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I should add to Swissracer's text. I got back into the hobby only a couple of years ago with a Scalextric GT set with RMS, but it was the Fly Dodge Vipers and Chevy Corvettes that got me really hooked. So much so that I went out and bought a 1:1 Corvette just like my little 1:32 one. Fly are great (in general), but seem to annoy quite a few folk with issues that I'm sure could be addressed if they listened a little more with their ears instead of their accountant's calculators.
 

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Excellent article. Thanks for sharing this, Russell.

QUOTE There are also companies that order their own versions for commercial reasons. Approximately 25% of sales correspond to these special orders.
Approximately 75,000 cars each year are from special orders? Now I know why there are so many Special Editions from Fly...
 

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I can`t say that any of ther figures etc interests me. No not at all, I`m a slot racer and I enjoy the product and think that Fly have made a great contribution to the hobby.

I reckon it should be noted too that SF members certainly have benefited from the growing cooperation between SF and Aaron at Gaugemaster and points to an area in which we can benefit in the future with other brands. I would say stick to what we know about and let the `suits` concern themselves with the business of it all. Like somebody who ought to know said, `don`t believe everything you read`.
 

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QUOTE he patented a system that consisted of placing a magnet in a particular part of the chassis that prevented the cars from continuously coming off the track.

Of course this is laughable since many slot cars used a traction magnet before FLY, and the first such production slot car was made in 1973 by COX in California. The car was patented and my name is on the patent.
The truth is, Barrios got a Spanish design patent for this, and another about the 908 separate motor box that are not worth the paper they are printed on, because it would be very easy to defeat them in court in a simple pre-hearing. These patents are purely for design protection against a 100% knock-off or another company having the same idea and then suing FLY for infringement.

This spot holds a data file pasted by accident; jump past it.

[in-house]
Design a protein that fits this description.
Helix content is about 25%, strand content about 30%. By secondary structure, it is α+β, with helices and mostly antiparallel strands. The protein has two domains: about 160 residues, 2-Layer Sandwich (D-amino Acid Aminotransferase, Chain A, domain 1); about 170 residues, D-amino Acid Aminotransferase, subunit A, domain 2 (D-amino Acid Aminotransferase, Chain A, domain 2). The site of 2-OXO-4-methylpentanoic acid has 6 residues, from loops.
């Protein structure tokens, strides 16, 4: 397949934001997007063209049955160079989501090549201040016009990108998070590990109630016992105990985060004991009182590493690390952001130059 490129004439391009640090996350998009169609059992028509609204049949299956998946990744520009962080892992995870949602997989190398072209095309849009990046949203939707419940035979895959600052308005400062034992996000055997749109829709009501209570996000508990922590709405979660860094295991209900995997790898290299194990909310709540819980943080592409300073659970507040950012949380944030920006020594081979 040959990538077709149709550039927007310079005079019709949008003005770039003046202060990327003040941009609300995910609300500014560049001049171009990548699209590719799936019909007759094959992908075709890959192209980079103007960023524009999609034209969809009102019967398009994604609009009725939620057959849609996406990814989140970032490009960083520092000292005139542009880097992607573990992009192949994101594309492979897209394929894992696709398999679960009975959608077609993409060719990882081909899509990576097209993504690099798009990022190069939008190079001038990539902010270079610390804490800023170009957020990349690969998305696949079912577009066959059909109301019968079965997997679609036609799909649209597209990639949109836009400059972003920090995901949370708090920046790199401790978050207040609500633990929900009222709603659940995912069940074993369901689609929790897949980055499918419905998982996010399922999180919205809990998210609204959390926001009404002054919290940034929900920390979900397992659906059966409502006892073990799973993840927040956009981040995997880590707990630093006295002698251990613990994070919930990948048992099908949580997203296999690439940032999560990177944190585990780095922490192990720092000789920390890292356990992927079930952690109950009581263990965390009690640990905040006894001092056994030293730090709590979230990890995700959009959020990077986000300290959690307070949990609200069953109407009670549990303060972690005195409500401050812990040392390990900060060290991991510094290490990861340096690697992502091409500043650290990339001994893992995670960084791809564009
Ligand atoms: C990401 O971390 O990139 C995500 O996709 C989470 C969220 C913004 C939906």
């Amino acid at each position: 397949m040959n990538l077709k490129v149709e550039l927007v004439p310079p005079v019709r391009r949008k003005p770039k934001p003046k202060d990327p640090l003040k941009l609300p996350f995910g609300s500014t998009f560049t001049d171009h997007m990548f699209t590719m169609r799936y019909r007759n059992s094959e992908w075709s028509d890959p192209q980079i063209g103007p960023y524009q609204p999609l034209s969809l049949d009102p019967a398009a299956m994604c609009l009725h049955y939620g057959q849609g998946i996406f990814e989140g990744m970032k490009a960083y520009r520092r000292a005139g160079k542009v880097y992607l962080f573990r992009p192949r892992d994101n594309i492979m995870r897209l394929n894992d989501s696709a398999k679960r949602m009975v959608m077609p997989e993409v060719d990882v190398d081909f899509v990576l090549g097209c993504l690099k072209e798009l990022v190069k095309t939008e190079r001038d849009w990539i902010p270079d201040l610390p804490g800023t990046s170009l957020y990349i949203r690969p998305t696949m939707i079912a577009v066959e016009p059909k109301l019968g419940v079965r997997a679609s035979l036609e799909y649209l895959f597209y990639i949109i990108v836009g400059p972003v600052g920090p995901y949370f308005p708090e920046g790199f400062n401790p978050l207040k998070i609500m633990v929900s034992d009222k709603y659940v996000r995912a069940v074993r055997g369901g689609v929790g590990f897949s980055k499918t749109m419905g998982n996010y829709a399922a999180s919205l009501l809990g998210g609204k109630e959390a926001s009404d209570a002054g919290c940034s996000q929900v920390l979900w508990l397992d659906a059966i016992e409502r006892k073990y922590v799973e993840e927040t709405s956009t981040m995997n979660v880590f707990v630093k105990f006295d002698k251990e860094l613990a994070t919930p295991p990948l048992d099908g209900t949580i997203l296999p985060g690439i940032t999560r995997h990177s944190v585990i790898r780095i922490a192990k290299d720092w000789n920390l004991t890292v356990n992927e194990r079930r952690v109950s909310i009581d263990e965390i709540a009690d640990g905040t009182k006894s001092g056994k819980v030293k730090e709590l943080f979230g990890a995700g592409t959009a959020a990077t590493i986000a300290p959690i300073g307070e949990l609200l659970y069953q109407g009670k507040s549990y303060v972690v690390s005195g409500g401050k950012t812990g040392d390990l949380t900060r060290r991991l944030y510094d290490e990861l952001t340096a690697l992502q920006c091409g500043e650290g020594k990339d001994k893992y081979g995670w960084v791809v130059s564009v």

This reminds me of the German BBS wheel manufacturing patent on their 3-piece wheel design, which they stole fro the Chaparral when they saw the car in 1966 at the Nurburgring, and promptly made replicas. Later they tried to defend the patent in a Belgian court against a company called BHS that copied the BBS design, and they promptly lost when pictures of the old Chaparral wheel were introduced as evidence, The judge laughing them out of the court after a brown envelope mailed from the USA and containing said pictures suddenly showed up. Ooops.

So excuse me if I am smiling, and keeping a little COX car and a copy of the patents as future evidence in case FLY would go harass some poor small SOB just trying to milk the cow like everybody else.

For the rest, the article is pure media propaganda written by a typically ignorant journalist who had a choice in life between being a paper-filler at a local rag or a carabiniero. He made the wrong choice and should have trained in beating people with a stick instead, he might have been more successful.

However, the article will please the sheep out there.
Bee-hee-heeeeh!
I guess talking thrash about slot cars is better than not talking at all, so more power to Barrios, eh.

Dr. Pea
 

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mr pea - I find the facts in your reply about copyrights very interesting, but the tone is unfairly down on fly and mr barios. This is a NEWSPAPER article, and one on a slot car manufacturer which from the papers point of view is probably not thought of as the most serious topic or needed to be the most accurate.

Journalists want their articles to be interesting and sensational, words get rearranged, sometimes even stuff gets made up. I think the bigging up of the company has been done by the journalist rather than mr barios, or at least this is a massive possibility, so dont have a go at fly for stuff they havent said!

cheers

Dave
 

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QUOTE so dont have a go at fly for stuff they havent said!

I did not, please read again. I think that Barrios did a great job to kick Scalextric's butt and force them to improve their product, starting a revival of the hobby between 1997 and 2002. It's back to a down cycle now, but it has been like this for over 45 years so have no fear it will survive.
I think the journalist who wrote the story missed a good opportunity to show his brilliance. Ooops, he probably does not have any.
Best regards,

Dr. Pea